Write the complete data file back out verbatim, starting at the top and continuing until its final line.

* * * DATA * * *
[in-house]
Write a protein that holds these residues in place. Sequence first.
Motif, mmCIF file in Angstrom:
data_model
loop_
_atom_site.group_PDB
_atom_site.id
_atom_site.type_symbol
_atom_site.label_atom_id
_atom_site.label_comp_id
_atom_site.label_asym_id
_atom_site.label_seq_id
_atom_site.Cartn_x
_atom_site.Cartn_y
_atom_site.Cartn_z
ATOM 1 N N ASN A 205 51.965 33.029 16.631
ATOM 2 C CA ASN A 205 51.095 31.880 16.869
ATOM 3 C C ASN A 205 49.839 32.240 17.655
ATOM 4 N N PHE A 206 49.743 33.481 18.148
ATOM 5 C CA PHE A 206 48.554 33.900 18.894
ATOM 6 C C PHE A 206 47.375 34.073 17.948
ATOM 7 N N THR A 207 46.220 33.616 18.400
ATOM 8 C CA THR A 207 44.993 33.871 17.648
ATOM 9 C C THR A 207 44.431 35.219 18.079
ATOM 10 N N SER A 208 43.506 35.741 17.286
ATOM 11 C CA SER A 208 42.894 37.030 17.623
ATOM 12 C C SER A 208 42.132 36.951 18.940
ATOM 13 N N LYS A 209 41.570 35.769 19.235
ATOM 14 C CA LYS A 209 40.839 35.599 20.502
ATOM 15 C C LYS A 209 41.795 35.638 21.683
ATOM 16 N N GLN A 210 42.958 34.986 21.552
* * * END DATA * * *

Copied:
[in-house]
Write a protein that holds these residues in place. Sequence first.
Motif, mmCIF file in Angstrom:
data_model
loop_
_atom_site.group_PDB
_atom_site.id
_atom_site.type_symbol
_atom_site.label_atom_id
_atom_site.label_comp_id
_atom_site.label_asym_id
_atom_site.label_seq_id
_atom_site.Cartn_x
_atom_site.Cartn_y
_atom_site.Cartn_z
ATOM 1 N N ASN A 205 51.965 33.029 16.631
ATOM 2 C CA ASN A 205 51.095 31.880 16.869
ATOM 3 C C ASN A 205 49.839 32.240 17.655
ATOM 4 N N PHE A 206 49.743 33.481 18.148
ATOM 5 C CA PHE A 206 48.554 33.900 18.894
ATOM 6 C C PHE A 206 47.375 34.073 17.948
ATOM 7 N N THR A 207 46.220 33.616 18.400
ATOM 8 C CA THR A 207 44.993 33.871 17.648
ATOM 9 C C THR A 207 44.431 35.219 18.079
ATOM 10 N N SER A 208 43.506 35.741 17.286
ATOM 11 C CA SER A 208 42.894 37.030 17.623
ATOM 12 C C SER A 208 42.132 36.951 18.940
ATOM 13 N N LYS A 209 41.570 35.769 19.235
ATOM 14 C CA LYS A 209 40.839 35.599 20.502
ATOM 15 C C LYS A 209 41.795 35.638 21.683
ATOM 16 N N GLN A 210 42.958 34.986 21.552